The Best Of Bolder double CD ROM was released for Gigastudio in April of 2002. It consisted of choice Material from previous Bolder libraries. This volume is a continuation of converting that library into natively programmed instruments for NI Kontakt and the Apple EXS 24. Other volumes that have already been converted
B.O.B American Folk Instrument List
Autoharp – This is a Oscar Schmidt autoharp with a solid wood top. Typically this instrument is strummed. However it is very nice to play as a keyboard-like instrument also. Try layering it with some pad sounds! The “Strummed Chords” program employs major chords from E2-A3 and minor chords from A#3 – C6. “Swirls and Stuff” are dream-like atmospheric type effects. The “Swirl Layers” are transposed layers of the atmospheric samples…….. they are quite fun to experiment with!
Banjo – This is a stereo recording of a Deering banjo. You will notice an oddly placed single high G note at G2 on your keyboard. This is the high string of the banjo (5th string – usually played as an open string). If you want to make some convincing banjo “rolls” – just hold down your sustain pedal and do a simple arpeggio pattern involving this note and 2 to 3 other notes. Example: with the sustain pedal down…. play G2, C4, E4, then G2, D4, G4, then G2, B3, G4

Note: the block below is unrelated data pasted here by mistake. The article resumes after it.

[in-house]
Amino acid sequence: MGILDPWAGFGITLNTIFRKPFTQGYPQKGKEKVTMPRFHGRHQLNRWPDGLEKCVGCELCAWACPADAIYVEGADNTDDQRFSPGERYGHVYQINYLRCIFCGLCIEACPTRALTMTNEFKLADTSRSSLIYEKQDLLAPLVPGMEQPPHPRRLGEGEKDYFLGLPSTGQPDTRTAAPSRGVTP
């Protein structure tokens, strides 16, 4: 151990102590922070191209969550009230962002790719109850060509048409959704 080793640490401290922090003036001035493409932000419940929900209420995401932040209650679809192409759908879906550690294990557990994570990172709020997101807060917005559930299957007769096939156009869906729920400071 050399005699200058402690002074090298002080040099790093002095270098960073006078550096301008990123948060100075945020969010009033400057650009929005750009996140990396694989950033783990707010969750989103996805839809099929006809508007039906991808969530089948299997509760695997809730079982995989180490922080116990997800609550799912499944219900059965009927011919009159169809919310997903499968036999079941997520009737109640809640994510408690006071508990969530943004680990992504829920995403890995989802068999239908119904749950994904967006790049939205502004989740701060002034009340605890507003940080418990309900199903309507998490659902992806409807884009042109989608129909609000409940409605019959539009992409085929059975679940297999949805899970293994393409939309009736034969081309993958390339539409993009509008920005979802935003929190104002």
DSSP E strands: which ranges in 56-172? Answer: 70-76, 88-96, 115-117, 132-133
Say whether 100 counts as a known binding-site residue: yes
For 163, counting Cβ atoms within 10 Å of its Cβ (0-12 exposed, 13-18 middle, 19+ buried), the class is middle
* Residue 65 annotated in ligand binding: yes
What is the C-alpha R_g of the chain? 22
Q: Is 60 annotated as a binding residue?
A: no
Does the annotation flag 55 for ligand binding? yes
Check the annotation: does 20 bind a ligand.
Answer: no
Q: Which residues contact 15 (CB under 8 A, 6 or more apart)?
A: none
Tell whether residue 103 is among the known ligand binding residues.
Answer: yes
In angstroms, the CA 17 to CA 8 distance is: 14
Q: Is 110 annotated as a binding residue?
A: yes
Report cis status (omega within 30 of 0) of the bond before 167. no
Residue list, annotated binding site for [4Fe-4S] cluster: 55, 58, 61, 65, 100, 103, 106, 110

quickly………… you get the idea! The MW is used also to control various filter settings as well as mixing in harmonics samples to the original pitch of the string.
Hammered Dulcimer – Nothing too tricky about this program bank – a basic program map. If you are looking for a more detailed sample library of this instrument, check out the Bolder’s Hammered Dulcimer Trilogy.
American Folk Instruments
Fretless Gut-Strung Banjo – This is quite an unusual instrument with a very distinctive sonic character. Not only is it a fretless banjo…. it has gut strings and has a lute-like gourd back to it! As with the Deering banjo sampled in this collection – There is a lone F note located at F2 which is the 5th string of the banjo typically played by the thumb as sort of a drone note used in rolls.
Louden Steel String Guitar – This is also my personal guitar, this guitar is a favorite of Celtic musicians. Just one velocity layer is sampled along with natural harmonics. There are two programs which use the Mod Wheel to mix the harmonics with the natural plucked sample of the guitar.
Mandolin, Mandola and Mandocello – Here we have the 3 members of the mandolin family. Their ranges correspond exactly to the violin, viola and cello. I have sampled all three instruments both plucked and tremolo. They are presented in programs featuring 1 articulation only and then they are presented as different types of layers – velocity switch as well as the mod wheel (cc #1) acting as a mixer control.
Marxophone – This is an early American instrument very similar to the construction and sound of a Hammered
Dulcimer. However it has built in mallets which are spring loaded and triggered by pushing a button. It was one of those instruments that was designed so that “anyone” could play it………
push a button and get a note. It also has a most unusual tremolo like feature where the note is repeated by bouncing the mallet on the strings. In the programs I’ve called this effect “tremolo”, but that may not be accurate. There is no denying that this instrument has quite a unique sonic quality. Techniques of programming are my usual “bag of tricks” when it comes to an instrument which was sampled with tremolo and “straight”. Various filter controls are employed as well as layers controlled by the Mod Wheel. Thanks again to my friend Tom Wasinger for letting me sample another one of his unusual creatures.